Just like private companies, nonprofit organizations are in need of talent: There are approximately 2 million nonprofit board member seats that need to be filled each year, and over 90 percent of nonprofit organizations say they would like to use skilled volunteers to help them carry out their mission, according to LinkedIn. And individuals are hungry to offer their services – from students hoping to build their resumes, professionals who want to give back to retirees and stay-at-home parents looking to keep their skills fresh.
But how can these nonprofits seeking skilled volunteers and individuals with just the right expertise find each other? LinkedIn and volunteer engagement network VolunteerMatch aim to solve this challenge, announcing last month that the two organizations will partner to make it easier for nonprofits to successfully recruit experienced volunteers and board members.
A team of product managers and engineers from both organizations has developed a technology bridge, so opportunities for skilled volunteer positions that are posted to VolunteerMatch.org will now automatically be posted on LinkedIn as well. This will allow the 100,000 nonprofits that use VolunteerMatch to promote their volunteer positions the additional opportunity to reach the 300 million members of the world’s largest professional network on the Internet.
For LinkedIn members, this partnership will give them access to thousands of new listings for nonprofit volunteer and board positions that might match their particular skill set and interests. Back in January, the Mountain View, Calif.-based company launched the LinkedIn Volunteer Marketplace, to connect its users with volunteer opportunities from organizations like Catchafire, Taproot Foundation, BoardSource and, of course, VolunteerMatch. Under the new collaboration, professionals using LinkedIn are now able to browse through all of VolunteerMatch’s listings for skilled volunteers – more than 5,000 opportunities – rather than a selection of positions.
“Skilled volunteering has become a critical form of support for nonprofit organizations,” said VolunteerMatch President Greg Baldwin in a statement. “But fragmentation, disorganization and dilution keep too many great organizations from finding the help that they need. We’re proud to be partnering with LinkedIn to use technology to help the social sector find the talent and skills it deserves. Not every partnership in Silicon Valley puts the needs of the community first, but we are pleased to say this one does.”
And it seems likely that the new partnership will be met with success: During a pilot program, VolunteerMatch witnessed twice – and sometimes triple – the typical amount of sign-ups from interested volunteers on LinkedIn and predicted the trend will continue now that all of its skilled-volunteer listings are live on LinkedIn’s site, the organization said in a statement.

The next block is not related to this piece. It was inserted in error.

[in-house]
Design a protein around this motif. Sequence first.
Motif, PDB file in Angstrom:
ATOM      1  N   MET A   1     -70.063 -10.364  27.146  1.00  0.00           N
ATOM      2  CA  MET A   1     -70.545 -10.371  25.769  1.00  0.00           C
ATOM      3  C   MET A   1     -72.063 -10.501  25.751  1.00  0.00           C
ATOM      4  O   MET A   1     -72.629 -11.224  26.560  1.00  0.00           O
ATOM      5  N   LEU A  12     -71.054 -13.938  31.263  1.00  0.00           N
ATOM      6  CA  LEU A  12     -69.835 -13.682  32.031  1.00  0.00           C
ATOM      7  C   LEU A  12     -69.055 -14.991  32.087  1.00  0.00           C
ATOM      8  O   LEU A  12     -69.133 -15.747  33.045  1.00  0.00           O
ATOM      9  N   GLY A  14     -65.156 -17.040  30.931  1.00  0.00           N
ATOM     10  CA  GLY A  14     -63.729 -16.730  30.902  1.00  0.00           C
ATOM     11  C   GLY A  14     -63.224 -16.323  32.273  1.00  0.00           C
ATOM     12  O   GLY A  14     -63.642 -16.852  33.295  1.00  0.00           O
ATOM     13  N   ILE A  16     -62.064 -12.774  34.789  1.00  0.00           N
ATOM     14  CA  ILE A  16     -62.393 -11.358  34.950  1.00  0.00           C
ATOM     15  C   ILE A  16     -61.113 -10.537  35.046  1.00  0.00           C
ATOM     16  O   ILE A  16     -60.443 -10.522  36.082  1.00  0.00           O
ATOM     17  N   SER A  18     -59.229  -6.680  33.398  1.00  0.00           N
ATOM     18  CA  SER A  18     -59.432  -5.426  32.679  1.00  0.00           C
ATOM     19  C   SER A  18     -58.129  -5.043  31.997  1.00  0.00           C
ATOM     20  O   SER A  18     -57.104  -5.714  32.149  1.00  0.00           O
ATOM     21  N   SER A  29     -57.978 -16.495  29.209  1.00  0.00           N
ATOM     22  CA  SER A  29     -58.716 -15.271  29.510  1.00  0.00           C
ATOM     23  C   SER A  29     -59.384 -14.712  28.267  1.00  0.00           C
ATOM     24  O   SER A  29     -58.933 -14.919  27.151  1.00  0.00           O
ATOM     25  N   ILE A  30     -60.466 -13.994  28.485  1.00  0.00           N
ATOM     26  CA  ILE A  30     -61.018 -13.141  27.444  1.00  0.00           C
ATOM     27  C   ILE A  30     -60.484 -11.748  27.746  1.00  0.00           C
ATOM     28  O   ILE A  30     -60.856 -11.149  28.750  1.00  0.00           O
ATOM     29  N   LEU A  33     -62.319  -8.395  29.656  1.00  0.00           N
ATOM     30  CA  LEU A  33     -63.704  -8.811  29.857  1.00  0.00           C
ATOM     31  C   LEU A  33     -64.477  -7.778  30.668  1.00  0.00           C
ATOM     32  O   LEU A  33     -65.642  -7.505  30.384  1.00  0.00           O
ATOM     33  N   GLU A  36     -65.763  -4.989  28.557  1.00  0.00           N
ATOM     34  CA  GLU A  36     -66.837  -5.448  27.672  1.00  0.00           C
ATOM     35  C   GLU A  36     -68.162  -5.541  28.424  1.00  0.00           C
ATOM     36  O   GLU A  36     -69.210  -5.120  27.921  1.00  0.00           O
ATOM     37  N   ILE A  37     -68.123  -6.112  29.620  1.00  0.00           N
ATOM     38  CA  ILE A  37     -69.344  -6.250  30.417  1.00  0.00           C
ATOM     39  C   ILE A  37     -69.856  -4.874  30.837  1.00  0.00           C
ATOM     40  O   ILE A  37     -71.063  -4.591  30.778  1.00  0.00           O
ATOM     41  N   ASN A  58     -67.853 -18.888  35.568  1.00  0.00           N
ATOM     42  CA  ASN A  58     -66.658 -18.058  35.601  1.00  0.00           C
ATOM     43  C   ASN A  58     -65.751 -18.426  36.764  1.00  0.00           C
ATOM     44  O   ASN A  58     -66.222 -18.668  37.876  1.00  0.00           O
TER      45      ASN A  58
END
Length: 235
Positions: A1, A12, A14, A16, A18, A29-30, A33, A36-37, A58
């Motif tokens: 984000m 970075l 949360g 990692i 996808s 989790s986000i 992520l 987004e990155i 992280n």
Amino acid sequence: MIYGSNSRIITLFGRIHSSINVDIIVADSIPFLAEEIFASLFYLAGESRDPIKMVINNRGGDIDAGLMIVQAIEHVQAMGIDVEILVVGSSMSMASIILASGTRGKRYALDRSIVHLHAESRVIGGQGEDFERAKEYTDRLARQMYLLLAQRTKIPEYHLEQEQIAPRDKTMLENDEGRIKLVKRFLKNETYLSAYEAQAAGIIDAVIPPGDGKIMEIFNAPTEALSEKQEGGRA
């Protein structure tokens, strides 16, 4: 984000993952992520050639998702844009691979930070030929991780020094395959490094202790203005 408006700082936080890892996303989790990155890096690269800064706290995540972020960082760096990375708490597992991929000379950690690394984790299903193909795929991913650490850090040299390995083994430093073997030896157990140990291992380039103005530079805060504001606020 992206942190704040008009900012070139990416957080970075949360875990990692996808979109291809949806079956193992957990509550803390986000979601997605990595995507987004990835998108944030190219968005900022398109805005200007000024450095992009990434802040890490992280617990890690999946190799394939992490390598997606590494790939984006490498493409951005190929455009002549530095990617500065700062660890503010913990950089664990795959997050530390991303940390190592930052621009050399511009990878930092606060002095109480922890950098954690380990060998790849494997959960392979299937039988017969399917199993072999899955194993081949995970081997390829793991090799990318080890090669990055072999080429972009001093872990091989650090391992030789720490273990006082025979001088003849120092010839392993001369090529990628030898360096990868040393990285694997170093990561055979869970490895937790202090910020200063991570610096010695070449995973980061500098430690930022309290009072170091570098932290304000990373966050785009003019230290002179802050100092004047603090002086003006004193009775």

LinkedIn membership’s eagerness to give back to their communities will also play a role in the program’s outcome. Starting in September, LinkedIn made it possible for users to announce their interest in philanthropy on their profiles, and as of April, more than a million members indicated that they are actively seeking volunteer work.
Nonprofits can benefit from the help of skilled volunteers, but the volunteers themselves can also reap rewards – and not just that warm fuzzy feeling you get from contributing to a good cause. A 2013 study from the Corporation for National and Community Service, a federal agency that promotes volunteerism, followed more than 70,000 unemployed individuals for 10 years and found that those who did volunteer work had a 27 percent better chance of landing a job than those who didn’t. One reason for the higher employment levels among past volunteers is that learning new skills or knowledge and then employing them during a volunteer position may “demonstrate higher levels of capacity, potentially making the volunteer more attractive to and productive for employers,” according to the study, entitled “Volunteering as a Pathway to Employment.”
In addition, a recent survey on LinkedIn reported that 42 percent of hiring managers said they consider volunteer work equivalent to full-time work experience, and 20 percent said they had hired a job applicant because of his or her previous volunteer experience. So while a nonprofit organization can accomplish its goals working with skilled volunteers – a social media expert can conduct an outreach campaign for the group or a financial expert can serve as a board member – volunteers can advance their careers: gaining valuable new skills, networking with important industry players and getting closer to securing their dream job.
Image credit: VolunteerMatch
Passionate about both writing and sustainability, Alexis Petru is freelance journalist based in the San Francisco Bay Area whose work has appeared on Earth911, Huffington Post and Patch.com. Prior to working as a writer, she coordinated environmental programs for Bay Area cities and counties. Connect with Alexis on Twitter at @alexispetru